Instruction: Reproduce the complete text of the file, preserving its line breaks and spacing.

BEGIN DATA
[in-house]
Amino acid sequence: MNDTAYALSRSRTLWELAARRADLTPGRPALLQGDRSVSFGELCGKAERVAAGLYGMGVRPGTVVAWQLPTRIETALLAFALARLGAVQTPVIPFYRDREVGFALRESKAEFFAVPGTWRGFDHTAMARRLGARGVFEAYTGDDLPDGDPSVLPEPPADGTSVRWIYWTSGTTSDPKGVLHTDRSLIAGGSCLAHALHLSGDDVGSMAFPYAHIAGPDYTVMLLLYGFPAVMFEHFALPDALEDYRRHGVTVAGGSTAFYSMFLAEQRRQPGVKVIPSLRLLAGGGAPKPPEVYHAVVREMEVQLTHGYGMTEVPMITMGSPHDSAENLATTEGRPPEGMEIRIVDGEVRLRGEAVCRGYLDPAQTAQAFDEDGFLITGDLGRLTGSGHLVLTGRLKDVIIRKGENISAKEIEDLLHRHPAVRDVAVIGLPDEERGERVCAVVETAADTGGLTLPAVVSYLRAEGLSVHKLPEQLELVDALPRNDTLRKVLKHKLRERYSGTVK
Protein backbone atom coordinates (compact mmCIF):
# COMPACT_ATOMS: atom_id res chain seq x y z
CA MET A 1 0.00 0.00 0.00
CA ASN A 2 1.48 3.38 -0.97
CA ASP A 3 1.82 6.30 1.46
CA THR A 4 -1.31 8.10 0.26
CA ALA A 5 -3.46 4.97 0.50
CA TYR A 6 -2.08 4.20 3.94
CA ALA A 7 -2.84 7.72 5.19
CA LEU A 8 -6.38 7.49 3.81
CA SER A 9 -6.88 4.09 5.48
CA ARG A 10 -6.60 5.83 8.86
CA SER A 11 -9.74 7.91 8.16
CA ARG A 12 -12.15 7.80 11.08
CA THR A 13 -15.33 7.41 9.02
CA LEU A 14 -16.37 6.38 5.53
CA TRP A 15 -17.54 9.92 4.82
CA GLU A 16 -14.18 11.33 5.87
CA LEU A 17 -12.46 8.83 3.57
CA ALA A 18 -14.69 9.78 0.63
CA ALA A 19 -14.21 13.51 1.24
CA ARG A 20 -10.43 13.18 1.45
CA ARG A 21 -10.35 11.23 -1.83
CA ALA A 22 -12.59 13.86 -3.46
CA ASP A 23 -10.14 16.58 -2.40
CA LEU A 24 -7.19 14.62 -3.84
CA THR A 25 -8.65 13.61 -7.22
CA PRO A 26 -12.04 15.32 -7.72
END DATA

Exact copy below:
[in-house]
Amino acid sequence: MNDTAYALSRSRTLWELAARRADLTPGRPALLQGDRSVSFGELCGKAERVAAGLYGMGVRPGTVVAWQLPTRIETALLAFALARLGAVQTPVIPFYRDREVGFALRESKAEFFAVPGTWRGFDHTAMARRLGARGVFEAYTGDDLPDGDPSVLPEPPADGTSVRWIYWTSGTTSDPKGVLHTDRSLIAGGSCLAHALHLSGDDVGSMAFPYAHIAGPDYTVMLLLYGFPAVMFEHFALPDALEDYRRHGVTVAGGSTAFYSMFLAEQRRQPGVKVIPSLRLLAGGGAPKPPEVYHAVVREMEVQLTHGYGMTEVPMITMGSPHDSAENLATTEGRPPEGMEIRIVDGEVRLRGEAVCRGYLDPAQTAQAFDEDGFLITGDLGRLTGSGHLVLTGRLKDVIIRKGENISAKEIEDLLHRHPAVRDVAVIGLPDEERGERVCAVVETAADTGGLTLPAVVSYLRAEGLSVHKLPEQLELVDALPRNDTLRKVLKHKLRERYSGTVK
Protein backbone atom coordinates (compact mmCIF):
# COMPACT_ATOMS: atom_id res chain seq x y z
CA MET A 1 0.00 0.00 0.00
CA ASN A 2 1.48 3.38 -0.97
CA ASP A 3 1.82 6.30 1.46
CA THR A 4 -1.31 8.10 0.26
CA ALA A 5 -3.46 4.97 0.50
CA TYR A 6 -2.08 4.20 3.94
CA ALA A 7 -2.84 7.72 5.19
CA LEU A 8 -6.38 7.49 3.81
CA SER A 9 -6.88 4.09 5.48
CA ARG A 10 -6.60 5.83 8.86
CA SER A 11 -9.74 7.91 8.16
CA ARG A 12 -12.15 7.80 11.08
CA THR A 13 -15.33 7.41 9.02
CA LEU A 14 -16.37 6.38 5.53
CA TRP A 15 -17.54 9.92 4.82
CA GLU A 16 -14.18 11.33 5.87
CA LEU A 17 -12.46 8.83 3.57
CA ALA A 18 -14.69 9.78 0.63
CA ALA A 19 -14.21 13.51 1.24
CA ARG A 20 -10.43 13.18 1.45
CA ARG A 21 -10.35 11.23 -1.83
CA ALA A 22 -12.59 13.86 -3.46
CA ASP A 23 -10.14 16.58 -2.40
CA LEU A 24 -7.19 14.62 -3.84
CA THR A 25 -8.65 13.61 -7.22
CA PRO A 26 -12.04 15.32 -7.72